I used an old laying hen from Glynwood farm to make coq au vin today. Man, it was good! Them old hens may be small and tough, but they're incredibly flavorful. Even as I was breaking down the whole chicken, I was surprised by how the raw meat smelled...as if I'd already made it into chicken stock. I happened to have some smoked bacon in the freezer and a pile of wee onions from my favorite farm. I'd been hoarding a bag of dried chanterelle mushrooms I'd picked in Oregon, waiting for something special to cook them with. I'd say a scrawny old hen who provided hundreds of eggs over her lifetime is pretty special - as it turns out, too good for the stock pot! This rich and succulent dish will be in heavy rotation in our household this winter.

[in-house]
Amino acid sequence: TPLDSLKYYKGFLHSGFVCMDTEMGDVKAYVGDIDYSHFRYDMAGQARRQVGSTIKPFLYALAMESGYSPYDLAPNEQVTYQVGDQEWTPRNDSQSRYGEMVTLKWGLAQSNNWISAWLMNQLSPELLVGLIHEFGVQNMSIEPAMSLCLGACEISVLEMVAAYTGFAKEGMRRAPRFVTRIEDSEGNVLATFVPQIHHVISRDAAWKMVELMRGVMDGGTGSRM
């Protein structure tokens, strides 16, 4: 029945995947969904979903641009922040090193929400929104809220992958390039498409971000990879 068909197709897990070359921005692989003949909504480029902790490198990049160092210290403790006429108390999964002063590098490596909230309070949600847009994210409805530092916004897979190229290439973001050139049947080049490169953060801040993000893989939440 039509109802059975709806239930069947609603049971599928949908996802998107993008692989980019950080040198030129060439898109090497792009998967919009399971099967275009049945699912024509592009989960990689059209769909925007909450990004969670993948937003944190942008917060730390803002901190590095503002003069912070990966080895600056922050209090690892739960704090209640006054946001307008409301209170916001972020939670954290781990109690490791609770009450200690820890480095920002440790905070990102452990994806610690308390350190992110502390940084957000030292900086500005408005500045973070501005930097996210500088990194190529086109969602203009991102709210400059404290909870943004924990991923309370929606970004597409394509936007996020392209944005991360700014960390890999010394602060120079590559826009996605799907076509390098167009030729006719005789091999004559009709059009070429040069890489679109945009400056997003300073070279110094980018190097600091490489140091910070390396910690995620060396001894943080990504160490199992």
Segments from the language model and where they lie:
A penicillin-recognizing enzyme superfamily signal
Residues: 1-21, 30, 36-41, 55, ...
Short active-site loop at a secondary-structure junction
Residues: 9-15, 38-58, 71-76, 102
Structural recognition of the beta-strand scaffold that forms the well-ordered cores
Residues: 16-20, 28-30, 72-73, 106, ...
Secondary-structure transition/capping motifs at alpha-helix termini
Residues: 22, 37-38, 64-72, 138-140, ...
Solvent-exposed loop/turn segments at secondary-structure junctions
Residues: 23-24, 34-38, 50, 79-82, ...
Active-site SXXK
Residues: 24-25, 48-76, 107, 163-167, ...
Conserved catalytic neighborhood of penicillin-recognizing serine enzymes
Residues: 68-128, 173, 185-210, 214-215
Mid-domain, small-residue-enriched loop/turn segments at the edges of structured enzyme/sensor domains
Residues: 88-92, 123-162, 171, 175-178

I intend to show you how I made it, but I want to try something new: a slideshow with voice over instructions. Since I'm traveling upstate tomorrow to buy, kill, and butcher a whole elk, I probably won't get around to the Old Hen Au Vin slide show for a couple days. In the meantime, find out if there's a farm or butcher from whom you can buy these super cheap and super tasty old birds.